Does More School Time Result in Increased Student Performance? (cont.) By Nikesha White, Reporting Specialist It also states the instructional time has to be used effectively in order to produce the desired learning outcomes. The time should include focused instruction which should be designed based on studentsâ€™ need after careful review of their data. Specific goals should be determined and outlined which address the needs of the population of students being targeted. What additional materials or curriculum will be used? How will the time be structured? Are we utilizing our time effectively? Also, are the teachers and administrators committed? Do we have the support of our parents and community? Will the students become burned out by the testing season? These are just a few questions that should be considered. All of our schools have shown some type of increase in student achievement and an outstanding job in utilizing the additional time. Some have even received local accolades for turning around a school in one year. Is it safe to say that the increase in student performance was solely due to an extension of the school day? Could it be that our administrators, coaches and teachers have gotten proficient at targeting our students and instructing them based on the data? All of these are possible factors and no one could possibly say one is not contingent upon the other. There have been reported benefits of providing students more instructional time. More instruction in those targeted core content areas
could possibly result in higher state assessment scores, which results in increased student performance, resulting further in a decrease in the number of lower performing schools. The connection between extending the school day and learning is not forthright and the argument is very compelling. Positive results could be directly related to the extended school day or the fact that educators are fine tuning their craft. However, it may in fact depend on how effective the learning time is being utilized. Are we really focused on student learning? Is it a waste of taxpayersâ€™ dollars? Are we engaging students and making learning fun? Are best practices being utilized or are we doing what we THINK is best? We can conclude that time is necessary for all things and the more time we have the better we become. Since we have been granted additional instructional time for each child that walks through our doors we have to do what is best which is to provide a high quality educational opportunity that will inspire all students to acquire and use the knowledge and skills needed to succeed in a global economy and culturally diverse world; and that is doing what is best for all children.
"Even if you're on the right track, you'll get run over if you just sit there." Will Rogers
Increase Student Achievement with Florida’s Continuous Improvement Model By Teresa Logan, District Level Resource Ever wish there was a guaranteed way to increase student achievement? There is! It’s called the Florida Continuous Improvement Model or FCIM. FCIM is a proven, evidencebased practice that provides schools a process to use assessment results to improve teaching and learning. The evidence base for FCIM incorporates Effective Schools Correlates, Total Quality Management (TQM), Baldrige Core Educational Values, and the Continuous Improvement Model (CIM) developed by Dr. Gerald Anderson and Patricia Davenport based on their experiences in Brazosport, Texas and explained in the book: Closing the Achievement Gap: No Excuses (2002). FCIM guides schools through a series of steps designed to target lowperforming academic areas for the purpose of providing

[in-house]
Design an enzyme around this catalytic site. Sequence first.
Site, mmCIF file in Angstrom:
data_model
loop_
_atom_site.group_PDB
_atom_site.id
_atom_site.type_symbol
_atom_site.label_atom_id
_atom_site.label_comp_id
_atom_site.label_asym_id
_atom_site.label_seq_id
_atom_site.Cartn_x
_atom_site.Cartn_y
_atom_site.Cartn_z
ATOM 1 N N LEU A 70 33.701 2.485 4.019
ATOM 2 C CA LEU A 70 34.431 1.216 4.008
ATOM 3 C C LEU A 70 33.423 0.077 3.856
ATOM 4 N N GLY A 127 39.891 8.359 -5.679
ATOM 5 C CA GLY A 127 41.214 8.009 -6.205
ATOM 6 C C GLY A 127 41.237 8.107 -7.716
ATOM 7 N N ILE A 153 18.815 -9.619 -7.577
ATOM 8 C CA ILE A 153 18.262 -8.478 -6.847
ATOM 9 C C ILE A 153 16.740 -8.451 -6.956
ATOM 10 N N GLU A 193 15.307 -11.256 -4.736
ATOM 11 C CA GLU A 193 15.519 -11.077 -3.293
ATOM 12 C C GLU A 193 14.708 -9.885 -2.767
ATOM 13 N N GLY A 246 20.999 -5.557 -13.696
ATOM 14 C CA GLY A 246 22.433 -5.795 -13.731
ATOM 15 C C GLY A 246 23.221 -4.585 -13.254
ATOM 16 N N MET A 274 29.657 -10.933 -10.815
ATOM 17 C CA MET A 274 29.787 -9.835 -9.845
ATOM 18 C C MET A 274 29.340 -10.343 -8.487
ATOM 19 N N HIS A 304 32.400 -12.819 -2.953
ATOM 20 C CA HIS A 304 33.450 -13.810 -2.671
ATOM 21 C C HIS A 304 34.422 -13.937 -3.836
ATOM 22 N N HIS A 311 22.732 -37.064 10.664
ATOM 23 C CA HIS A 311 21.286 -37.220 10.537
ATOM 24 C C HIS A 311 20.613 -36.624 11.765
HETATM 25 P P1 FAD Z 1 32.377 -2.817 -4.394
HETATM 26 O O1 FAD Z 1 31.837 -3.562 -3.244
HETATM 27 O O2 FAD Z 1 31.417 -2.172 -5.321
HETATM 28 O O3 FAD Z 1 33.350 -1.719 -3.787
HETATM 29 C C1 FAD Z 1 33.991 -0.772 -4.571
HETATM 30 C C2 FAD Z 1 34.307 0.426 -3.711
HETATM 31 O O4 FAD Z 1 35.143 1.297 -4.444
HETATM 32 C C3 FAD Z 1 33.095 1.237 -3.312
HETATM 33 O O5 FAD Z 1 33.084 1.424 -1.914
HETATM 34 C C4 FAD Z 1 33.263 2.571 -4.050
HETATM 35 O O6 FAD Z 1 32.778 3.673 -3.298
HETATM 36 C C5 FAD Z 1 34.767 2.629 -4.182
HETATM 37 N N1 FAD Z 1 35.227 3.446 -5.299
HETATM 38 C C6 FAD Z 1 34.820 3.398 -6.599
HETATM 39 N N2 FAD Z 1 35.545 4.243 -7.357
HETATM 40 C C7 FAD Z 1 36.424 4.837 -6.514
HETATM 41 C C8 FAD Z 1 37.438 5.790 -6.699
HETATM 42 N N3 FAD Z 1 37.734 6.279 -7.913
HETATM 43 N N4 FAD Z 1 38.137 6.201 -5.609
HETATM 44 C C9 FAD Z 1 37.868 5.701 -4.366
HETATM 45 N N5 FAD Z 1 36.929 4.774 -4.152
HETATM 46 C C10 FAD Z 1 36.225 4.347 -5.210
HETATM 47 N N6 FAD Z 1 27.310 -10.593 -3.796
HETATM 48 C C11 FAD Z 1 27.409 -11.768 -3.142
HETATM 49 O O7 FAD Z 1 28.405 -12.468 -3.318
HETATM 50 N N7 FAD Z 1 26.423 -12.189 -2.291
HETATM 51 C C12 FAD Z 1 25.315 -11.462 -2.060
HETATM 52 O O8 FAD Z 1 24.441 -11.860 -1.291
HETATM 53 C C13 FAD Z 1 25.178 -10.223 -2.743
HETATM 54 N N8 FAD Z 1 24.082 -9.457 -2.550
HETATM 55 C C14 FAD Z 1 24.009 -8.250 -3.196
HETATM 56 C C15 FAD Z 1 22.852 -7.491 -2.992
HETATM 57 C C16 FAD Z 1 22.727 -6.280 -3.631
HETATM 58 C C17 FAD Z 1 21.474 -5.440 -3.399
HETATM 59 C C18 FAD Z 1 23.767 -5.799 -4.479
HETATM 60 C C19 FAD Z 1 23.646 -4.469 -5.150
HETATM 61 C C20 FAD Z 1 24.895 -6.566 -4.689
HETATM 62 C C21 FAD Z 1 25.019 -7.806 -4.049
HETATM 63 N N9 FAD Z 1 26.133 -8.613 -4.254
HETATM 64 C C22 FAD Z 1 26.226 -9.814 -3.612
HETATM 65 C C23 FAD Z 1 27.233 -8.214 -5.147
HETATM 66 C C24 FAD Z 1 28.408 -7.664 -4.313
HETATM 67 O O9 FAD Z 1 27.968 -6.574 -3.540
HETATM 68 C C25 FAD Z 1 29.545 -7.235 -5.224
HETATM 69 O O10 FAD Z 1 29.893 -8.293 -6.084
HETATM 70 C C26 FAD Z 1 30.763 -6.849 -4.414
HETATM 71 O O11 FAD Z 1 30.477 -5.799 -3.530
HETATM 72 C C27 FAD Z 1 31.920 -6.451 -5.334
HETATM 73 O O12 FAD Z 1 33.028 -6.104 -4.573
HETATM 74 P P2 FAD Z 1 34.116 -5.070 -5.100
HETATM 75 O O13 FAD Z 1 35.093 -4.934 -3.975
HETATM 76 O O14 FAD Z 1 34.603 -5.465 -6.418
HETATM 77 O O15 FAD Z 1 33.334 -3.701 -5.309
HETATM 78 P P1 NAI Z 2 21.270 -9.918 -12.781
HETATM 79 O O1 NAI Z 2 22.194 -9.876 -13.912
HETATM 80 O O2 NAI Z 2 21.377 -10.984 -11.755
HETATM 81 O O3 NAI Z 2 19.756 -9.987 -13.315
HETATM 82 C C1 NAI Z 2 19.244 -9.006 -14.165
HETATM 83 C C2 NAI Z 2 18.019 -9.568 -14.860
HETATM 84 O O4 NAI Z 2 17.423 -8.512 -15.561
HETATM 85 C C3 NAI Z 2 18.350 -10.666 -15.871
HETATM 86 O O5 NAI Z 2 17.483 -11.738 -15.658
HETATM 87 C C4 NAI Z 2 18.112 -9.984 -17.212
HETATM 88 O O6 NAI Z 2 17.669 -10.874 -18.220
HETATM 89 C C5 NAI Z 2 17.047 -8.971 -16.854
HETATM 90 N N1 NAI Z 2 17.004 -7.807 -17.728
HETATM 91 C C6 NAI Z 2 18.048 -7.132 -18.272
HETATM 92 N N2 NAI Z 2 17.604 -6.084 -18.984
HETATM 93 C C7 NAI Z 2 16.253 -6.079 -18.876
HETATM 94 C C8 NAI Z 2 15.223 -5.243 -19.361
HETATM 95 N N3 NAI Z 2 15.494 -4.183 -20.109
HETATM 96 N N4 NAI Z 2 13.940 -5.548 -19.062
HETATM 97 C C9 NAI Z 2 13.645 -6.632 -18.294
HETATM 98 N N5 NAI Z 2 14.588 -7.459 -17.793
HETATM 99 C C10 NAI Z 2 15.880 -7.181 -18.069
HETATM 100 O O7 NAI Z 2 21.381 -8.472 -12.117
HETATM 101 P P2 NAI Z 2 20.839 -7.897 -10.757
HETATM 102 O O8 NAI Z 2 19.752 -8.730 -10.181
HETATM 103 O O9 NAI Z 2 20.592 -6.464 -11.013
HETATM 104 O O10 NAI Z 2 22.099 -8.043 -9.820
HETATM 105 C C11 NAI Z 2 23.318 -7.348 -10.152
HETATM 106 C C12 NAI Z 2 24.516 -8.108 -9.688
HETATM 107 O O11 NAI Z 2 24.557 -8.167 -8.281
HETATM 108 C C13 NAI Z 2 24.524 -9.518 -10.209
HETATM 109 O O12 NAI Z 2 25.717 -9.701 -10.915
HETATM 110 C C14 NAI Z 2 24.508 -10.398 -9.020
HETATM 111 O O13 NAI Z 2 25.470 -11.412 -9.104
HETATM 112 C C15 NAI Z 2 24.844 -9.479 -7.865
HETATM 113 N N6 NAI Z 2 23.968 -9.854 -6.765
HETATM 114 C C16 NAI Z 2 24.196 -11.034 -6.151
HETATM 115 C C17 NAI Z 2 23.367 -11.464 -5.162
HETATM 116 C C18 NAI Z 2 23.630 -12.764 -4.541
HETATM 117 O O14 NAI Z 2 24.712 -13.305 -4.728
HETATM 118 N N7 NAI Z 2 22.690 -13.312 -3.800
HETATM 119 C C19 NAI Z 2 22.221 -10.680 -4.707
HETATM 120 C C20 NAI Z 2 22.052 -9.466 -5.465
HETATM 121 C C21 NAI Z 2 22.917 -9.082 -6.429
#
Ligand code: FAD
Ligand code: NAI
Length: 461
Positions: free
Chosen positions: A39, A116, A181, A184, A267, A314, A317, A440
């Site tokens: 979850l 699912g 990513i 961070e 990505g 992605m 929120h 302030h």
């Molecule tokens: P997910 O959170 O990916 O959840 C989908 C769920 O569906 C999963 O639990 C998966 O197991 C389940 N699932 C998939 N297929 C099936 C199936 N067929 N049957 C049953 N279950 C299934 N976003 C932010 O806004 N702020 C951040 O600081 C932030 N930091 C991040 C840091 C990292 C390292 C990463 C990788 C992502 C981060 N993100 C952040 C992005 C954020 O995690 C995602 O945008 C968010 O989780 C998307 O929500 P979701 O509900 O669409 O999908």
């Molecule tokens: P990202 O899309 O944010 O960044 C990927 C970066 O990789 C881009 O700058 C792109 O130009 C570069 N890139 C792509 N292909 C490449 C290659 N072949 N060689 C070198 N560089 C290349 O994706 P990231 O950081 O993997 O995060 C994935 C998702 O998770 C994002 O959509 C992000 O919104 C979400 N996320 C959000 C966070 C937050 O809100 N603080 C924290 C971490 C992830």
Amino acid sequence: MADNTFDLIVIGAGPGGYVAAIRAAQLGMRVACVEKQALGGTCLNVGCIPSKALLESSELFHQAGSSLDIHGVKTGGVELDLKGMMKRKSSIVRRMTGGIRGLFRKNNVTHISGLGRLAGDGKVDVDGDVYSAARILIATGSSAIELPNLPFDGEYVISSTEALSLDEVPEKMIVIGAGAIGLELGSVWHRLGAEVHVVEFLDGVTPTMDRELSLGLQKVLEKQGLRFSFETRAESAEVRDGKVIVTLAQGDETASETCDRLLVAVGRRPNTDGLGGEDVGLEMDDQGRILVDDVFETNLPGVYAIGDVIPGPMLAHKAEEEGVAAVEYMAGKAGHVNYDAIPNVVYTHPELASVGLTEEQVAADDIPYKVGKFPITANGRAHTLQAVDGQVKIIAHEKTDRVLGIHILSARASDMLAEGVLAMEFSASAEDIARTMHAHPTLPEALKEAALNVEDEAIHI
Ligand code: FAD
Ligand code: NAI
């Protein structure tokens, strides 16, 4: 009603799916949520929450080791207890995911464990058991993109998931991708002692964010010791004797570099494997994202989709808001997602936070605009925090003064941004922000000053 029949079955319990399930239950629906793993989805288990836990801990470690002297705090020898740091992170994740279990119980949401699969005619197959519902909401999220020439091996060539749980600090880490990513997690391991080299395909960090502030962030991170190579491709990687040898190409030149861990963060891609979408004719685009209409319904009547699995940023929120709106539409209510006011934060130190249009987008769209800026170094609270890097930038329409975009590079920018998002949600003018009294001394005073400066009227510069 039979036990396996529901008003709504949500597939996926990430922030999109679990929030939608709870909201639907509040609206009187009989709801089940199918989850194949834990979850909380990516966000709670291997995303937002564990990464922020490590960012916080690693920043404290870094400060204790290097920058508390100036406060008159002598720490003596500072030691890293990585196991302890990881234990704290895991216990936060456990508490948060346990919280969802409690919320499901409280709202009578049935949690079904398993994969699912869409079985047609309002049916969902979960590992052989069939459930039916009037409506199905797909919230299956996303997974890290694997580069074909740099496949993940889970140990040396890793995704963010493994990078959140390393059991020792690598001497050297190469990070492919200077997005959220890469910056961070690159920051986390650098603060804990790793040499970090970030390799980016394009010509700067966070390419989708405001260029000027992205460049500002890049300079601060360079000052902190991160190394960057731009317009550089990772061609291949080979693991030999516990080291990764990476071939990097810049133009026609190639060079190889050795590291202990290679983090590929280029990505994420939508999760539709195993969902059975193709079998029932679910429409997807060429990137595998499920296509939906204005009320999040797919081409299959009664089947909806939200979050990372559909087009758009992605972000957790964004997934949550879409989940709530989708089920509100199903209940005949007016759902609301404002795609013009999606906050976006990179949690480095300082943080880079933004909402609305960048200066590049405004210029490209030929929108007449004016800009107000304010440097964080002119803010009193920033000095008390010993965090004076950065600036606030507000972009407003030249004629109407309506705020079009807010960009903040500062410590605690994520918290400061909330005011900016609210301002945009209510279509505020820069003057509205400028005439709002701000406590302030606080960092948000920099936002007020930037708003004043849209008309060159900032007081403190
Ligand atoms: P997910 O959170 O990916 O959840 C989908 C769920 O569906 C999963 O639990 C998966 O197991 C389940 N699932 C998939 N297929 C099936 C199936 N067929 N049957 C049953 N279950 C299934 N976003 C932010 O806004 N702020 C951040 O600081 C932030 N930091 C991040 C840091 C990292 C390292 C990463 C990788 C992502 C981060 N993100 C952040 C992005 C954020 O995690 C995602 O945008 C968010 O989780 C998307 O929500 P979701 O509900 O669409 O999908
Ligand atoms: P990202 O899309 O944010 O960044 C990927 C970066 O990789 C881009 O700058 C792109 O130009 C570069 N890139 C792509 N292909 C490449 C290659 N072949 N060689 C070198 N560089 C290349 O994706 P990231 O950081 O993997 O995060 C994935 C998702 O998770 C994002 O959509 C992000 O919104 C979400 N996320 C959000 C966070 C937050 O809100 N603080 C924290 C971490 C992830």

additional focused instruction and to increase student achievement.
Benchmark, FAIR) to determine strengths and weaknesses of student performance in order to identify the lowest-performing benchmarks or skills that need additional instruction. 2. Instructional Focus Calendar – development of a time frame with specific dates identified to conduct Focus Lessons, Mini-Assessment, and Tutorials/Enrichment activities designed to strengthen the targeted benchmarks. Usually an FCIM cycle is completed in 510 days, but it may vary depending on the academic intensity required.
FCIM is part of the Multi-Tiered System of Support (MTSS) /Response to Instruction/ Intervention (RtI) and is designed to be implemented with Tier I instruction (academic and behavior/social-emotional).Tier 1 instruction includes the district’s Core Curriculum and Standards (i.e., Next Generation Sunshine State/NGSSS, Common Core State Standards) and is designed for “ALL” students. FCIM COMPONENTS FCIM is based on the Plan, Do, Check, Act (PDCA) cycle. PDCA concepts are simplistic, but highly effective. The components of the FCIM process are organized by PDCA in the following manner: PLAN 1. Data Disaggregation – regular analysis of assessment data (e.g.,
DO 3. Instructional Focus Lessons – thoughtfully planned and explicit instruction on targeted benchmarks featured on the Instructional Focus Calendar. Lessons may be conducted daily for 10-15 minutes.